We laugh at the climate change extremists, but like them we imagine there is a carnal answer to a spiritual problem. That the Protestant Work Ethic, Family Values, a Classical Education, the Free Market are the solutions to what ails us.
There’s no denying that we live in a culture of death. But unless our hearts change passing new laws will not end it. Whether it’s handguns or abortions we ban.
We need to do what they did back in John Wesley’s time. What they did before Pentecost and the birth of the Church. Get together in small groups and pray that God will send His Spirit again to drive away the shadows from our souls.
Let us pray.
If you see a secular counselor that’s not a sin. But take her advice with a grain of salt, since secular counselors are about happiness and self fulfillment rather than holiness. As Christians our holiness must always come before earthly happiness.
I used to, but fired her after she repeatedly urged me to sin. That deserves its own post. Emotional abuse occurs with both religious and secular counselors.
(Abortions are murder. Handguns can be used for murder–or preventing it. I realize the two are not exactly the same, but the point is legislation cannot change the human heart.)
“Would You Like Your Jesus Upsized? McDonaldization and the Mega Church” by Elizabeth Cook addresses the real problem common to super large churches. Not just a problem with mega churches but it seems to run in them.
This is a view of consumerism or commodification of the Gospel. It’s troubling because it leads to a sense of entitlement when we should only experience gratitude as we kneel at the Cross.
This is the real problem. I’m sure not all mega churches have this. But many do.
It was one thing when we traded in handcrafted shoes for things put out by a factory. Ditto for clothes and often food.
Then it crept into the fine arts and writing. (At least day jobs allow artistic integrity.)
But now we are using the factory method to mass produce a worship product. Too frequently the Gospel is left out.
In Mere Christianity’s “Nice People or New Men” C.S. Lewis asks a question Pureflix wouldn’t touch with a ten foot pole. How come there are nice atheists and horrible Christians?
As a Christian this has always bothered me. Especially since my chronic pain and exhaustion makes me such a horrible person to live with.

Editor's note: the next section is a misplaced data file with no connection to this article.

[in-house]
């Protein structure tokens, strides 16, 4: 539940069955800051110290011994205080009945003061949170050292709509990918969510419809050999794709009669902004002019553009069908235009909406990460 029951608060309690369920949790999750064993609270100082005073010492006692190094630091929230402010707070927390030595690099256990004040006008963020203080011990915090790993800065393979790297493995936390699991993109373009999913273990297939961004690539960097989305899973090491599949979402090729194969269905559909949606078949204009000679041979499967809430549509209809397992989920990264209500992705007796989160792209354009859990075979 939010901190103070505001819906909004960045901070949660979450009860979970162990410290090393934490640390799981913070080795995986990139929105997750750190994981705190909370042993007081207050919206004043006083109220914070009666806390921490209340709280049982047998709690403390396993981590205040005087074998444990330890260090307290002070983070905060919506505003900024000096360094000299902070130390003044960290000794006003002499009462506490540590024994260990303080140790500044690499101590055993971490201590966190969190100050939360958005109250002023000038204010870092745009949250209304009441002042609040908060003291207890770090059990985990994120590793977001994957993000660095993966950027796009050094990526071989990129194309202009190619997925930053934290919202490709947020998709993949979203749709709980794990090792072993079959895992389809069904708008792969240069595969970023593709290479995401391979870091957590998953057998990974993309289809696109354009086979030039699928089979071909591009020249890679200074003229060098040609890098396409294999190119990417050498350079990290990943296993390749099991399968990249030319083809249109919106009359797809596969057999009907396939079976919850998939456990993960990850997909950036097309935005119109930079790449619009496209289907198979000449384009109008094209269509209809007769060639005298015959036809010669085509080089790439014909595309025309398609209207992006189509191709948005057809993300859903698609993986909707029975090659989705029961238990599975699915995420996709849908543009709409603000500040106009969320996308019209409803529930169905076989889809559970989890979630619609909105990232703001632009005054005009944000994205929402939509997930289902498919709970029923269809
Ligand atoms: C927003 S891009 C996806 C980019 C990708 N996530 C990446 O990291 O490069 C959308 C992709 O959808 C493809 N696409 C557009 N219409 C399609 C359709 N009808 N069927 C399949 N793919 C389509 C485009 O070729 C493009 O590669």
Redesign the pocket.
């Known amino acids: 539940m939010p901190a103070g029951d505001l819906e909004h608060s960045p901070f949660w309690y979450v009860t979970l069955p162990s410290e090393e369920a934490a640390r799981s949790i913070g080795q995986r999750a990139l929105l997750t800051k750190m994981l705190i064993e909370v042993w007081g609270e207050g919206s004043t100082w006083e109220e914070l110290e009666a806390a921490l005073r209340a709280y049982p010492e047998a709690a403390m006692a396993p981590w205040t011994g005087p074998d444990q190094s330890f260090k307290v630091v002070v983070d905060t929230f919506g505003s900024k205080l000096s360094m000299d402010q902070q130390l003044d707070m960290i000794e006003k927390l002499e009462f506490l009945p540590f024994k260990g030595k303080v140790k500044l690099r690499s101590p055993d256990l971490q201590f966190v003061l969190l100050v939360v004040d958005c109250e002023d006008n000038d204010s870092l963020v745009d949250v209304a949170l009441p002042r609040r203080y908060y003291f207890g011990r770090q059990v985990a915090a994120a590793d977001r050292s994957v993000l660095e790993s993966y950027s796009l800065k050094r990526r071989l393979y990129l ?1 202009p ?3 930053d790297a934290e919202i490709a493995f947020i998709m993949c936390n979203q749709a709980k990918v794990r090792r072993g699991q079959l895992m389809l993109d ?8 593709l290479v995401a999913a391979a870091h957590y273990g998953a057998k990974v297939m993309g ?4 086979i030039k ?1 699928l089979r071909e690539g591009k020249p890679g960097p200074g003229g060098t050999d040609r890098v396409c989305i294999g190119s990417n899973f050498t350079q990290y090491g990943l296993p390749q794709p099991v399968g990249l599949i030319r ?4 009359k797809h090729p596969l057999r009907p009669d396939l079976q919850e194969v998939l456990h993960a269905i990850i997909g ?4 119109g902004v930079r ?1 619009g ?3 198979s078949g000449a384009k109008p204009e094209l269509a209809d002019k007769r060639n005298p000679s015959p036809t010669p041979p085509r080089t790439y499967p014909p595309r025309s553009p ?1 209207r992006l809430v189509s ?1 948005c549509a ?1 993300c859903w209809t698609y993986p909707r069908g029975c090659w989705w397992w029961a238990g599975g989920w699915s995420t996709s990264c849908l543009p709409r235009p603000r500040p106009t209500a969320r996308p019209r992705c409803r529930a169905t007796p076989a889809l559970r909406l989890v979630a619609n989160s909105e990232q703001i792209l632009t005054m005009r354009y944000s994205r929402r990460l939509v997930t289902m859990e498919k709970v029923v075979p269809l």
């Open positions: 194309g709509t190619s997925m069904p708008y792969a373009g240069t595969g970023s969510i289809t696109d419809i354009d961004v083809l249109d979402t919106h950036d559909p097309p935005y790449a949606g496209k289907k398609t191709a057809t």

I pray and manage to act nice mostly but struggle with inner stuff every day. Hard to be sweet tempered and nice when your body is wracked with pain and you worry about how you’ll provide for your basic needs when the only people who care about you are gone or incapacitated themselves.
But here’s what I find uplifting. Lewis compares two types. Friendly Richard the Nice Atheist. And grouchy, sour Miss Bates the Christian.
First there’s the assumption that Miss Bates actually is a Christian. The Church is attended regularly by hypocrites and phonies. The Parable of the Sheep and the Goats addresses this.
Lewis suggests that what seems like a nice disposition may just be a good digestive system. As someone with a horribly messed up GI, the thought makes me laugh. Funny because it’s true.
A sour stomach may sour your whole outlook on life. And negative experiences with humanity make you struggle to deal with people in a just, charitable manner.
God knows our limitations. As long as we are in these corrupt bodies of death we can never lead perfectly sinless lives. Though they Spirit kills our desire for sin it is a long slow death. It feels like He is killing us by degrees. Indeed He is so that He can bring us back as something better.
If we look at life as a training period it makes sense that the Lord allows His children to be afflicted in intense ways. It’s like a personal coach watching you run laps. After commending you on your speed he orders you to carry weights while you run.
Now, if you saw the whole process as running as many laps as possible you would accuse the coach of bad advice. But adding resistance is a part of bodily fitness too.
So allow yourself to hope that if you bear afflictions in as virtuous a manner as possible–submitting your pain to God–it will bring about blessings for all God’s children in the end.